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For a long time, it seemed that U.S. Defense budgets were an ocean of money, seemingly endless and ever expanding. Then sequestration and across the board budget cuts happened and we realized that the Defense budget was really just a huge lake, a great lake, but not the ocean.

So, one could argue that the plug was already pulled on the ocean, or at least that great lake.

But not really.

Are you pulling the plug?

Budgets are going back up and with them comes a different style of filling the lake. With that style comes a new mindset, at least for the Defense Department, of should cost and best value. While not in any way complete, the new mindset is starting to look at supply chain and operational performance, as well as the costs, paid compared to the performance received.

And then there’s the plug. It’s a great performance.

With increased scrutiny, processes and the integration of processes and people to achieve contract requirements not just once, but every time, are more important. If you are a manufacturer, do you know your processes, even if you are a small business? While there is an art to everything if people in your shop went on vacation, could a new, qualified person pull up a file and read the detail of what needs to be done to create a great product? Are these kept up to date? And if you follow those processes, can you assure On-Time Performance as a result.

If you answer no to any of the above questions, then you’re pulling the plug on your ability to continue receiving contracts over time due to poor performance. There are more contracting officers, contract surveillance personnel, and there is the beginning of a conversation about using past performance data more effectively. At a minimum, you can expect more surveillance if you are a Prime contractor and more delegations reaching through the Prime to you if you are a subcontractor and your performance does not meet contract requirements.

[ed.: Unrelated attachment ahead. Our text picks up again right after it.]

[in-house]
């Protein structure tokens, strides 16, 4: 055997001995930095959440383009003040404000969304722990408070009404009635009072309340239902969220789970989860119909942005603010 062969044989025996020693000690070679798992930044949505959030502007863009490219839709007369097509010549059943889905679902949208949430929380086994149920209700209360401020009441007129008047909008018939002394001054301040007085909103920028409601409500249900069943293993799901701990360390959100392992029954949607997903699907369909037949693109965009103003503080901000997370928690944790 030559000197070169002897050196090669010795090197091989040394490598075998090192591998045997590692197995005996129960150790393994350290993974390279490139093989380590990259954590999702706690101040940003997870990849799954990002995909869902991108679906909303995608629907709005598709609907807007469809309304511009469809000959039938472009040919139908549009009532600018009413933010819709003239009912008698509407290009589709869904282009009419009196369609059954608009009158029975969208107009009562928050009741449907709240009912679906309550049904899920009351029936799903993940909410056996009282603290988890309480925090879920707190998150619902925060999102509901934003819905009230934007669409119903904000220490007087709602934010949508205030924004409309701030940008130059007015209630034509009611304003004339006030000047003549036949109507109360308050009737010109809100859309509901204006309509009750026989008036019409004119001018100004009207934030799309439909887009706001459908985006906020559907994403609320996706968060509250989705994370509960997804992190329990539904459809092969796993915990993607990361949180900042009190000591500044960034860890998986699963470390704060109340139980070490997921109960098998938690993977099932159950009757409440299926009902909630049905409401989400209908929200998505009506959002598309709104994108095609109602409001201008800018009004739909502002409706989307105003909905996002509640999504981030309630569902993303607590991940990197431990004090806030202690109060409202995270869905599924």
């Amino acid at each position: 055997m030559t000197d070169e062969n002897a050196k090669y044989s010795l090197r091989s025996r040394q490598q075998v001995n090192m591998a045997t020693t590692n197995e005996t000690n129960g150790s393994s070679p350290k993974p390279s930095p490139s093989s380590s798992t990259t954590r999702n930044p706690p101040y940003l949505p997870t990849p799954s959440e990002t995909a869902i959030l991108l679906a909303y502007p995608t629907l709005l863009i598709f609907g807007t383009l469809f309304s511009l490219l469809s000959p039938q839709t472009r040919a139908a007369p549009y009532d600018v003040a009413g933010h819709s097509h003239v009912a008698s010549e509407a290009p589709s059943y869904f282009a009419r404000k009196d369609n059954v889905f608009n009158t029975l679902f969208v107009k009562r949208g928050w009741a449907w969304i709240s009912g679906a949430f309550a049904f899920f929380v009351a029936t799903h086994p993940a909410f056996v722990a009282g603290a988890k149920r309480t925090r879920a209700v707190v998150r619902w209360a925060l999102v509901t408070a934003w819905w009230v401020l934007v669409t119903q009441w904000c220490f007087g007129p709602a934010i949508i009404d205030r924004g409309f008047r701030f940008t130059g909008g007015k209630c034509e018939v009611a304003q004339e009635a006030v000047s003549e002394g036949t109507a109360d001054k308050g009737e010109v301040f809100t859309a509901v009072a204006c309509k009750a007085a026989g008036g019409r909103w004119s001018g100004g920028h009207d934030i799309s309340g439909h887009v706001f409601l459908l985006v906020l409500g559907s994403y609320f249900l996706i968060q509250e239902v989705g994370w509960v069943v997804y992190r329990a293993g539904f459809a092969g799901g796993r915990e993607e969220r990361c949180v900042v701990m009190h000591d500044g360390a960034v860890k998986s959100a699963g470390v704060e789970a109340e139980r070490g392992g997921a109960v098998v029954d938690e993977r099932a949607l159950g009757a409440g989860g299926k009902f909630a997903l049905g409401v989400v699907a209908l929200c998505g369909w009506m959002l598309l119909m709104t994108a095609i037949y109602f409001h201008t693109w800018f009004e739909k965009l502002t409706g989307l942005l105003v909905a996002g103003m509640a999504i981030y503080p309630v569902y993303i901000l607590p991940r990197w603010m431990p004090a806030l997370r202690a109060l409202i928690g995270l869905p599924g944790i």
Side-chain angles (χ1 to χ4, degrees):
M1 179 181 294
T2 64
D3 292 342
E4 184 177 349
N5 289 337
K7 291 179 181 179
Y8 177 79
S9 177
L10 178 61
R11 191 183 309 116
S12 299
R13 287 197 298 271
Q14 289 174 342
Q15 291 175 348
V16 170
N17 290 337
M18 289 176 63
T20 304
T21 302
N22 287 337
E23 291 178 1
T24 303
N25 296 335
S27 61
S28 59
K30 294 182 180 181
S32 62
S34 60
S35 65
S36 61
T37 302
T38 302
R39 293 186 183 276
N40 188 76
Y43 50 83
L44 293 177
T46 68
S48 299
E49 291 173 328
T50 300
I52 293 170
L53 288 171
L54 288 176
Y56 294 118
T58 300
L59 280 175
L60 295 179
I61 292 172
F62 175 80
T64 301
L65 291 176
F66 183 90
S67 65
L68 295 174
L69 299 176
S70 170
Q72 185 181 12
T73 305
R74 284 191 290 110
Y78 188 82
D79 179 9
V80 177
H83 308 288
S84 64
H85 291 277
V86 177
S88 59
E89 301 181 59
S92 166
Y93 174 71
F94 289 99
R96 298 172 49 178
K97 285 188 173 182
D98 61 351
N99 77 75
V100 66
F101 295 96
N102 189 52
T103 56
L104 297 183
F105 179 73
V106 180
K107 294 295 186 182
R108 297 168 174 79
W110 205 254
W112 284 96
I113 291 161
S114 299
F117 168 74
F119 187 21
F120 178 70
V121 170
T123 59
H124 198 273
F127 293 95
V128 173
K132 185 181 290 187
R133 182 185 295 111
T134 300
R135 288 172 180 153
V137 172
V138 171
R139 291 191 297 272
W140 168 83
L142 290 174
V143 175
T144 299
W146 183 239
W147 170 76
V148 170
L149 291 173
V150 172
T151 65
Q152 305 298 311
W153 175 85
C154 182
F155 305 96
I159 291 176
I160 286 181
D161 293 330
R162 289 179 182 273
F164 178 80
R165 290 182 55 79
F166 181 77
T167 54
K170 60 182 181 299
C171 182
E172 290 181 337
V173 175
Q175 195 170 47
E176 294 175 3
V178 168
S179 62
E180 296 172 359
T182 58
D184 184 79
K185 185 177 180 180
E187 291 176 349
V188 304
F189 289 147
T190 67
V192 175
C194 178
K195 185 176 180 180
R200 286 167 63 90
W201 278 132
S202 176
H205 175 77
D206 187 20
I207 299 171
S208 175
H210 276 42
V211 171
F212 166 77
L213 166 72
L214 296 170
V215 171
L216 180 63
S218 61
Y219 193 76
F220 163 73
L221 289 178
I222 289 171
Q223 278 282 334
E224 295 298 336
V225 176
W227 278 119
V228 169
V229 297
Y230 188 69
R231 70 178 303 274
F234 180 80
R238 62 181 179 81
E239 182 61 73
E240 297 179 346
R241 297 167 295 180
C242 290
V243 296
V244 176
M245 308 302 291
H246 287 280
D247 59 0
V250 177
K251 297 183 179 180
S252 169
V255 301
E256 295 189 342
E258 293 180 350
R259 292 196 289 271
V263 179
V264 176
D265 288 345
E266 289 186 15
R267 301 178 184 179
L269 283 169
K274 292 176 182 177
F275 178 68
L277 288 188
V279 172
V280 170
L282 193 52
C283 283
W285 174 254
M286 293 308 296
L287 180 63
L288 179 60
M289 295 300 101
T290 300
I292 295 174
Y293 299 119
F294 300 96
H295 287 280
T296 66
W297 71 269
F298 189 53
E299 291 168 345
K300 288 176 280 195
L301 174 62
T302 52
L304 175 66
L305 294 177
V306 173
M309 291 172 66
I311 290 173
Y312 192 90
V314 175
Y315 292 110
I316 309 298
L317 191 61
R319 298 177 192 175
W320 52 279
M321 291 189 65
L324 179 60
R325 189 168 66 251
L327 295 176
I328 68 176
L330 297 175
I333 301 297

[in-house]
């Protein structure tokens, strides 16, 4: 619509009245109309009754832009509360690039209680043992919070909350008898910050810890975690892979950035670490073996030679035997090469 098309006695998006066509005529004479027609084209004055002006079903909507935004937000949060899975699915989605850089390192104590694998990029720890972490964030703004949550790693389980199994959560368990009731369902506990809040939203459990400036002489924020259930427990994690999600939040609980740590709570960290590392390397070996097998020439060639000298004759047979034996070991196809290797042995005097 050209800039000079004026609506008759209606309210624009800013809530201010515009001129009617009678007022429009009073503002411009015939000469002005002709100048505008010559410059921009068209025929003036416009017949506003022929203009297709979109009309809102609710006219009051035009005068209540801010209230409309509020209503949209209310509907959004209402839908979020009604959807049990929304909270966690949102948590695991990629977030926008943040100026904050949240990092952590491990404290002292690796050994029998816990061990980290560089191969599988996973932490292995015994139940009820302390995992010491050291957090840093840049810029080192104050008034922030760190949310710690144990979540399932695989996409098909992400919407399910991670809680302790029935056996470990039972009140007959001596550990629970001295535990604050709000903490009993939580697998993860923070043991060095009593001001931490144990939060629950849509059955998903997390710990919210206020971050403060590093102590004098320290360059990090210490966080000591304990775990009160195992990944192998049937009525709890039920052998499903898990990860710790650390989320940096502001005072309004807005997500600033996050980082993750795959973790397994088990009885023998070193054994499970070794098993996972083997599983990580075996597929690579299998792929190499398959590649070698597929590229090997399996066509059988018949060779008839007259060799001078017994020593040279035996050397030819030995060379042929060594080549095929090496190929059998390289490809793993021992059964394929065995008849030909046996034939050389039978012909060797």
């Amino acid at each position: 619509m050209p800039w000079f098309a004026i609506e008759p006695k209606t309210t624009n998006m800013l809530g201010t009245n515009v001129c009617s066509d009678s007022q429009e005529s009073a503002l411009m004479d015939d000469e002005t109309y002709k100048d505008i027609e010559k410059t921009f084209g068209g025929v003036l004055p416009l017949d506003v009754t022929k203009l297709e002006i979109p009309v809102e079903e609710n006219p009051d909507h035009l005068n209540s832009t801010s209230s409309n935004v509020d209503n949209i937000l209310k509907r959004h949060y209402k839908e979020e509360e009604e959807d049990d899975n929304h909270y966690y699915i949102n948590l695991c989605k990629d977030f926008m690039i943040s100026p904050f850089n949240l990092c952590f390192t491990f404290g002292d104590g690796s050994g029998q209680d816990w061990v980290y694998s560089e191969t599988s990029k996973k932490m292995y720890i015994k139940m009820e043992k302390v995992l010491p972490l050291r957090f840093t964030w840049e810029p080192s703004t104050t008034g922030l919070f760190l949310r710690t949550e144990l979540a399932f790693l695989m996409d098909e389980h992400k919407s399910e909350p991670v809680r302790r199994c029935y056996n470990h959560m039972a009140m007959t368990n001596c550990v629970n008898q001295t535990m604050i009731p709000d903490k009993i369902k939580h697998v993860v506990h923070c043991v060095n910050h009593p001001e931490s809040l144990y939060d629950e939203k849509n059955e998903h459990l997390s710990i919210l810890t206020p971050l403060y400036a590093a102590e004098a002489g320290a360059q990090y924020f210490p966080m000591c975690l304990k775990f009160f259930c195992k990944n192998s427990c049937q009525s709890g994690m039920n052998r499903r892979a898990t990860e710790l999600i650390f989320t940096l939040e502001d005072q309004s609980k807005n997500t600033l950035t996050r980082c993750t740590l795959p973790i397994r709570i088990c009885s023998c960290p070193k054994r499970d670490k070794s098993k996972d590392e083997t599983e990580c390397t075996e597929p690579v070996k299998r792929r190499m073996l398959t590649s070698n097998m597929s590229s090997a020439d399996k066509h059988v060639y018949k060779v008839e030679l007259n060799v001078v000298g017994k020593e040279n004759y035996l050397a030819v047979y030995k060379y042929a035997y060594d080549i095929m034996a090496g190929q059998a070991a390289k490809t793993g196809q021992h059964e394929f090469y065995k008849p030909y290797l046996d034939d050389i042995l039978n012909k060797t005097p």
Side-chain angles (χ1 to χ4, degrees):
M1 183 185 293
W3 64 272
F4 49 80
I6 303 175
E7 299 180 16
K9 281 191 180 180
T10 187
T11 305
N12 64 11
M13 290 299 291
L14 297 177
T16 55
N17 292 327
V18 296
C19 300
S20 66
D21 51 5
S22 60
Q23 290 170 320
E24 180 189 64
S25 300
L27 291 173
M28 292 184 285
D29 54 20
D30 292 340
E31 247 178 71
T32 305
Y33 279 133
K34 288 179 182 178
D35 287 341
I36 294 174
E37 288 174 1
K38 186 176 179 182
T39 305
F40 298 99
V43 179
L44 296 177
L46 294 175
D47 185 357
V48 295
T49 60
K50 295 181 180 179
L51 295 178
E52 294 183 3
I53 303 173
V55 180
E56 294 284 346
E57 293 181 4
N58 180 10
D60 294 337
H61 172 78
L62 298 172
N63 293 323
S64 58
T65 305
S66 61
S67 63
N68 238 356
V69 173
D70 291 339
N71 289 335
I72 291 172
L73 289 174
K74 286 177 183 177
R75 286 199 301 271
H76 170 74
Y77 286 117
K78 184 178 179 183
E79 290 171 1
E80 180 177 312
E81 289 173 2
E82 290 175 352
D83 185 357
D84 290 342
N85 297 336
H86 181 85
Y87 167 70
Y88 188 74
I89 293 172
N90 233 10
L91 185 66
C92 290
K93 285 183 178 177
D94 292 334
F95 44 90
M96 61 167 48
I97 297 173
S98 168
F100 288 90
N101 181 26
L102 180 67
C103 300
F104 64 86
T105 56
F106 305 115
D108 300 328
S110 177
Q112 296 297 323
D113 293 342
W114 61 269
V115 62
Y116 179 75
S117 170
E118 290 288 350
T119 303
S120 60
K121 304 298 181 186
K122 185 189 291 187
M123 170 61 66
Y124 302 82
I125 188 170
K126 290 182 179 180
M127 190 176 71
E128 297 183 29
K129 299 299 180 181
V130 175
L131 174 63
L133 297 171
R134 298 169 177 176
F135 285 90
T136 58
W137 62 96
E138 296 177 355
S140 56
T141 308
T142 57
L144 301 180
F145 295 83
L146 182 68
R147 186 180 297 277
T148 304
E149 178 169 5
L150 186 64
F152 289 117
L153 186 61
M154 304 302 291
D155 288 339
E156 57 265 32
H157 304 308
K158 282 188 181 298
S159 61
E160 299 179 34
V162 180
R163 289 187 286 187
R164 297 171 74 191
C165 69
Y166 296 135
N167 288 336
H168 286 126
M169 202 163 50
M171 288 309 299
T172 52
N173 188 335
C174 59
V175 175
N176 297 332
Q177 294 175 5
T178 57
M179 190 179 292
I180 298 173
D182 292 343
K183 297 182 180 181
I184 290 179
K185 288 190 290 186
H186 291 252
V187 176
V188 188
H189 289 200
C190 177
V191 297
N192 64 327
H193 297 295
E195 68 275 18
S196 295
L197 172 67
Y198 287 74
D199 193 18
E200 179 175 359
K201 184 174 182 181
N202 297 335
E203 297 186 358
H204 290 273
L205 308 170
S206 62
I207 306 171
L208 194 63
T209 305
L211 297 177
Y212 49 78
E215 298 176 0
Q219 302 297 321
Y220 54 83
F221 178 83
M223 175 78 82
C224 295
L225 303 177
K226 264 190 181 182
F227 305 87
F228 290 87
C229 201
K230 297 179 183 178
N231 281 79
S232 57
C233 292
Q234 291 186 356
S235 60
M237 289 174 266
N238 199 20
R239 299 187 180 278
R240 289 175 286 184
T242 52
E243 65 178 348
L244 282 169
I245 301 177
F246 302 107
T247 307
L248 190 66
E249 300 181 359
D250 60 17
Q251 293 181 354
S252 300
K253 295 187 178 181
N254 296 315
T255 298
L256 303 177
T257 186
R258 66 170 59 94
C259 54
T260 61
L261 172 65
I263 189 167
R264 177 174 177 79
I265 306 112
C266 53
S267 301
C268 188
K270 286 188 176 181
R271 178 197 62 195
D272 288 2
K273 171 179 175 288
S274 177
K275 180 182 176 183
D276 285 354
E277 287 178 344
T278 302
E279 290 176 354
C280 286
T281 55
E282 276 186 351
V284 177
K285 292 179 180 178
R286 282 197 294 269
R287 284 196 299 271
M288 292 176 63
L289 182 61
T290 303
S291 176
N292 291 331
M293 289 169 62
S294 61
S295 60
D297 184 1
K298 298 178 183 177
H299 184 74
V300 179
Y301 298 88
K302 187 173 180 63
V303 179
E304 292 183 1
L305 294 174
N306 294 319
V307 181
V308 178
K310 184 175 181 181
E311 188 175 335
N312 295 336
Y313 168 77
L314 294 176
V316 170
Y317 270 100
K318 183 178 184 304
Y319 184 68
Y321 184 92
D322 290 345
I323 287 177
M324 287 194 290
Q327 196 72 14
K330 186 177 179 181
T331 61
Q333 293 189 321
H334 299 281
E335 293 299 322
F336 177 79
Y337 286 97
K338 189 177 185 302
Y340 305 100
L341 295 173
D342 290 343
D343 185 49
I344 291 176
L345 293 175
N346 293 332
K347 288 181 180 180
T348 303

What can you do?

If you are small, it seems to be a choice between doing the work to make money or writing documents. But even if you are small, there are things you can do that are simple. For example, if you are able to have paper and pen (or access to a computer) at workstations, have people capture the steps they perform as they work setup or the first unit. If you’re small, don’t capture more than one product a week – it will get in the way. Communicate to everyone that this is going to happen over a certain amount of time and that capturing processes means reducing things like surveillance events or delay notices or CARs (Corrective Action Request) which can take more time.

Don’t want to write? Then use some handy technology. Have people speak into a smartphone and record what they do step-by-step. Then download the files with a transcription service or program. With a little clean up, you have your product process documented.

As long as people follow the steps they capture for you, then no matter how low tech the result, it meets the process documentation test.

Now, do you know what performance areas the government will surveil and ask for data on? To name a few: Material Requirements Planning, Rough Cut Capacity Planning, and Master Production Scheduling.

To get more in-depth knowledge of these areas, attend the upcoming seminar sponsored by N’ware “Becoming THE DoD Manufacturing Contractor: Winning through superior performance. It’s coming up on April 25. Click here for more information.

Cynthia Kalina-Kaminsky is a featured presenter for the upcoming seminar “Becoming the DoD Manufacturing Contractor: Winning through superior performance.” She also trains DoD personnel on how to conduct surveillance events in industrial manufacturing environments.

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